Tanya Clark, a Tokyo-based freelance writer, has been-like the managing editor of J@pan Inc.-a satisfied GOL user for several years. Contact her at tclark@gol.com. (Editor's Note: GOL provides free Web-hosting services to several Tokyo-area non-profit organizations, including Japan Webgrrls and International Women in Communications. Tanya Clark recently became president of IWIC.)

Meanwhile, Boisvert was meeting with the government ministries, whose approval he needed to start the Internet connection. The biggest task, says Boisvert, was educating the bureaucrats. "The government wasn't ready to give approval yet. They were interested. They were curious, but they didn't know what it was. They were asking intelligent questions: why should we do it? what is the impact on the country? What if we don't do it? Gee, the government was asking the questions they should be asking," says Boisvert. "They also wanted to do it the least risky way possible, and for someone who did not understand it, it was difficult to find a way to do so without risk." Boisvert was new to the Net himself. At the same time, "I was actually paying someone to educate me rapidly, someone in the U.S. was sending me notes every day," he says.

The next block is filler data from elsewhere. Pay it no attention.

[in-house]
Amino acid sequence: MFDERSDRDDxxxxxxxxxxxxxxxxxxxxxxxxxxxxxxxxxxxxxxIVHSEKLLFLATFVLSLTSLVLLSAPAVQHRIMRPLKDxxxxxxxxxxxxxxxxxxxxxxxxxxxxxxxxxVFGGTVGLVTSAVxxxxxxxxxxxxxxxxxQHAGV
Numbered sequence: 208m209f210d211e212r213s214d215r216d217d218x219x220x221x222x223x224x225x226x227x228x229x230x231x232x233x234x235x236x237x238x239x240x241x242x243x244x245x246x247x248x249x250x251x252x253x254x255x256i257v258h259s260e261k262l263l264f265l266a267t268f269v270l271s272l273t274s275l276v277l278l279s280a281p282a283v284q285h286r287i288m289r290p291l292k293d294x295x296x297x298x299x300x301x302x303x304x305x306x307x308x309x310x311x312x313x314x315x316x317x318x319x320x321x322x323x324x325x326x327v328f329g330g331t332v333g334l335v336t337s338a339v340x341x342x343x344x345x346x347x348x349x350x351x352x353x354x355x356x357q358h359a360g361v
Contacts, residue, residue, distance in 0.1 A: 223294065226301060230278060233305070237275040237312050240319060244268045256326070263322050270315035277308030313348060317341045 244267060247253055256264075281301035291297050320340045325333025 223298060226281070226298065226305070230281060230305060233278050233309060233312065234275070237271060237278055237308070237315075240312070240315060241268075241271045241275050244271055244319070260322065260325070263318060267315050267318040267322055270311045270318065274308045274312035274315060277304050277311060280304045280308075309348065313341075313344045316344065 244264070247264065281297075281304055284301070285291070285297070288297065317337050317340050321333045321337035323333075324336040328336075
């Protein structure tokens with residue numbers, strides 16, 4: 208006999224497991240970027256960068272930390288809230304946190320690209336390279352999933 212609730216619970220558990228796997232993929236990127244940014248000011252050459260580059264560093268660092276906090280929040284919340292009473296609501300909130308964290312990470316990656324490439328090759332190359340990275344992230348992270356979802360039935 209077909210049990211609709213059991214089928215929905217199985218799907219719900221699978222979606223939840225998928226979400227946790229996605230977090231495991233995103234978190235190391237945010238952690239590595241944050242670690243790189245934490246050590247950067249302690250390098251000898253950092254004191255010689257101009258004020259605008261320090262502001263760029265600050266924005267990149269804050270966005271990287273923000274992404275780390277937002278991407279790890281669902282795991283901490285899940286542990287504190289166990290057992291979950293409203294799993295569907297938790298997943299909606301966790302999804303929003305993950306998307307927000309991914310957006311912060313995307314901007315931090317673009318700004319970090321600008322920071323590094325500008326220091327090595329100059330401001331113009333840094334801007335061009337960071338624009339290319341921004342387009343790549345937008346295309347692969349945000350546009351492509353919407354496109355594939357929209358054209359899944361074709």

Authorization came by being thorough and persistent. The first task was to identify which government agency had the ultimate authority. In 1993, competition to control Japan's telecommunication policy had already begun among key ministries, including the Ministry of International Trade and Industry and the Construction Ministry. Nevertheless, Boisvert determined that the Ministry of Posts and Telecommunications (MPT) maintained licensing rights granting authority to companies to conduct telecommunications businesses. It was there that he targeted his forces-himself and a young Japanese speaker. "I hired a good-looking Japanese female, very polite, and brought her to the Ministry every day for a week, 95 basically." But, where companies had failed by going to the top brass of the Ministry, Boisvert tried a different tack. "I went to the bottom," he says, to a 25-year-old lower-rung bureaucrat. "The clerk has the time," explains Boisvert. "The clerk doesn't give you the solutions, but the clerk will answer your questions. So we were talking to the clerk every day. Can we do this? No. Can we do this? No. How about this? No. How about this? No, you can't do that either. How about this? No. No, you can't do this. So we went through four days of 'No,' to every question we asked. But although he answered 'No,' he didn't discourage us from asking more questions, he allowed it. It was his job to respond to the questions. The answers he didn't know, he found out."